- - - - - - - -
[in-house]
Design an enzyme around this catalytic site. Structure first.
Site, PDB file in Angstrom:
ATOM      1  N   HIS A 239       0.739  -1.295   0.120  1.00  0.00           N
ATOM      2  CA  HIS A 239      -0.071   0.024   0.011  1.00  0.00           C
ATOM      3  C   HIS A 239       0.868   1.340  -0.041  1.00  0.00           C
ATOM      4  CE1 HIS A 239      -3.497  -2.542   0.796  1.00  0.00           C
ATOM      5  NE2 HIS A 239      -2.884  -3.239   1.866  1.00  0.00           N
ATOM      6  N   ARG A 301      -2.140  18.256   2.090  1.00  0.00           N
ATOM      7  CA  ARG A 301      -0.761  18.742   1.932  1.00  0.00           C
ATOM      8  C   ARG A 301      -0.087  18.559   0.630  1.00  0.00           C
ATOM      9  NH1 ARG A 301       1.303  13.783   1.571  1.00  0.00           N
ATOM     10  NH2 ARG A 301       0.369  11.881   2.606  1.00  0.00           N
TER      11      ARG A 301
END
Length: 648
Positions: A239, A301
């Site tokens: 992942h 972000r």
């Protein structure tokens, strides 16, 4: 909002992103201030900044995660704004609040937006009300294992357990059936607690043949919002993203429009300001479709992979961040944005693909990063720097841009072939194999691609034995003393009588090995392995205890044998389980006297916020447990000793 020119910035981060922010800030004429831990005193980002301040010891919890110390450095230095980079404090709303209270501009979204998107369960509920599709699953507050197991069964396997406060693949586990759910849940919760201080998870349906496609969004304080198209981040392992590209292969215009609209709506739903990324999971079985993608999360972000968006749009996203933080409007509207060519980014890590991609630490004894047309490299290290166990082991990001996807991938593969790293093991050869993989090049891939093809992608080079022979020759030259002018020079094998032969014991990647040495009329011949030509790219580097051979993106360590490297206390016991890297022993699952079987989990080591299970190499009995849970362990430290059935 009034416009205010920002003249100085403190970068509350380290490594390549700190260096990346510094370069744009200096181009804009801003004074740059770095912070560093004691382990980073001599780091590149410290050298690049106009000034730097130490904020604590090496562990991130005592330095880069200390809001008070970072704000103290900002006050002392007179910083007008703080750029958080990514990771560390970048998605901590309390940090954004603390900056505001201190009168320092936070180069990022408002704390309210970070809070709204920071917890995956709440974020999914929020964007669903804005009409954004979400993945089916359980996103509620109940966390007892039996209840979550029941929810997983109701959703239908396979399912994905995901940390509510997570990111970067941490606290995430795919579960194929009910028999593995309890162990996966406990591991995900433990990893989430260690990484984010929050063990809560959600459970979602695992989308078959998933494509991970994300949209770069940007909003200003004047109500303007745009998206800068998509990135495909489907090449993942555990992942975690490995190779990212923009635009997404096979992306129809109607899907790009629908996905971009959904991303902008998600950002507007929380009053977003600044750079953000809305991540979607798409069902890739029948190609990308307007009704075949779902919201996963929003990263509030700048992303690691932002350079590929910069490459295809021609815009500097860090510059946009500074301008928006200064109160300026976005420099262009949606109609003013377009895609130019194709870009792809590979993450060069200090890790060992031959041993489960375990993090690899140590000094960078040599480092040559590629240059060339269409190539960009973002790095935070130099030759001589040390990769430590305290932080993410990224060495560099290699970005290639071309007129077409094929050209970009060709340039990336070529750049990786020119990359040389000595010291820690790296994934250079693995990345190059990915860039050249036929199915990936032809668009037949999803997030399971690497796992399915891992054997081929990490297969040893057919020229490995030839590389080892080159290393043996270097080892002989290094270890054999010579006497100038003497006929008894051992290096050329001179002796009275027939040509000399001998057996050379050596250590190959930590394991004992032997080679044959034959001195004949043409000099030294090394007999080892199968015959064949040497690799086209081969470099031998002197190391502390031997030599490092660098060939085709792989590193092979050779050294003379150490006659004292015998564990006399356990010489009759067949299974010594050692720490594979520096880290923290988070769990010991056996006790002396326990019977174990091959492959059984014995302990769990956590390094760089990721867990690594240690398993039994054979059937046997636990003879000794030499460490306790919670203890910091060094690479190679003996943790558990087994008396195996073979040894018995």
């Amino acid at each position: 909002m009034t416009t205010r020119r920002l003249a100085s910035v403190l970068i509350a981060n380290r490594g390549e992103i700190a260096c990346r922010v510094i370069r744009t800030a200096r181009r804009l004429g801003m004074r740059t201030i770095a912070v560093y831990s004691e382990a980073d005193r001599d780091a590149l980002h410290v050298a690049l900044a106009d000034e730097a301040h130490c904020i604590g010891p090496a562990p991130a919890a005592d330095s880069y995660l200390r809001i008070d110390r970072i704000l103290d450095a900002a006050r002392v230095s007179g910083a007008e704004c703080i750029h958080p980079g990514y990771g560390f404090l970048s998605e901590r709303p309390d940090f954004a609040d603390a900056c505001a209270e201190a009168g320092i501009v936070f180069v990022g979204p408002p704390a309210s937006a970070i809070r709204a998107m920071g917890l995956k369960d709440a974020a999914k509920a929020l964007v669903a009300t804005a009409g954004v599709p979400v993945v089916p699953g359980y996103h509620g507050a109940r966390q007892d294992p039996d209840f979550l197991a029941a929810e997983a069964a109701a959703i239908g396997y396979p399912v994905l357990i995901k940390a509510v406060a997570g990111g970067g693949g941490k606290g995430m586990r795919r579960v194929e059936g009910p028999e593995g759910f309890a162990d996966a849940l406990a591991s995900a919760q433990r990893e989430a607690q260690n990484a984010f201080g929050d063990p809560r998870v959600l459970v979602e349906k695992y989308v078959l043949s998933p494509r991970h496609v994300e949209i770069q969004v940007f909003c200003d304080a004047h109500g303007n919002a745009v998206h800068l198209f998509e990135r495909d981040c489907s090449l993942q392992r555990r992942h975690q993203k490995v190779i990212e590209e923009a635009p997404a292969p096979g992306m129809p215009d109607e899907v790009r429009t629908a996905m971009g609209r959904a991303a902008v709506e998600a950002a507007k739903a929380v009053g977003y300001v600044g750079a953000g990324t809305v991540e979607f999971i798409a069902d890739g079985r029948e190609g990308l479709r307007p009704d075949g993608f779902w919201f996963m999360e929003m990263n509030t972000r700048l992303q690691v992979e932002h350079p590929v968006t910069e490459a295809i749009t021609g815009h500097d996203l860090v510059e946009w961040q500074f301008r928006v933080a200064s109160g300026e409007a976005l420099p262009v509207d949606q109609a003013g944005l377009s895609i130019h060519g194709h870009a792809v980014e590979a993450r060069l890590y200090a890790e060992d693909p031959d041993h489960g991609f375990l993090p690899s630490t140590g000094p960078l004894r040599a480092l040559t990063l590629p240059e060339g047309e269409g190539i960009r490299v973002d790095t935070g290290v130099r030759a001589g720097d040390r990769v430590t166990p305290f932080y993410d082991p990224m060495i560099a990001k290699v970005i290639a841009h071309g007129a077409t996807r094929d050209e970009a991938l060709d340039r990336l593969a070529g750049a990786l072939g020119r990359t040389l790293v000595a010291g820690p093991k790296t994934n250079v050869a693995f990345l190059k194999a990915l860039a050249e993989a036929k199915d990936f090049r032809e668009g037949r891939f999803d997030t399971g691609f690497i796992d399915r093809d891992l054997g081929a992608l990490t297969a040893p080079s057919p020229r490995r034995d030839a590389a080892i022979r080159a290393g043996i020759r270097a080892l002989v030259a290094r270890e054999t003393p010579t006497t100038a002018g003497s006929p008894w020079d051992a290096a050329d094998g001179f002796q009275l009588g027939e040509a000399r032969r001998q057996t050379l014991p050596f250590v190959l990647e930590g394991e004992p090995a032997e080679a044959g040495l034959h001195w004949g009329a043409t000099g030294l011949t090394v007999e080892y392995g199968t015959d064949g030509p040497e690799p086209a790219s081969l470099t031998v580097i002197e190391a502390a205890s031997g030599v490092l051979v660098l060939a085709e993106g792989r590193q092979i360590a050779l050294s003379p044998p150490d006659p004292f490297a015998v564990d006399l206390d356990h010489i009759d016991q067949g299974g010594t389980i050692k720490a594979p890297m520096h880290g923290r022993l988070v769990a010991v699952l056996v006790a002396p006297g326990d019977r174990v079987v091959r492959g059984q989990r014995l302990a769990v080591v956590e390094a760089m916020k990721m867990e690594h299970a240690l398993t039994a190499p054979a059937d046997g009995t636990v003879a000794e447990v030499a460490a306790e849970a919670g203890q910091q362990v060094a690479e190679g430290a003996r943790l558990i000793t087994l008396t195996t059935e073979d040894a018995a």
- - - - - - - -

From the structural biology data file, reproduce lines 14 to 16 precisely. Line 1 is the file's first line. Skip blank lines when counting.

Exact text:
TER      11      ARG A 301
END
Length: 648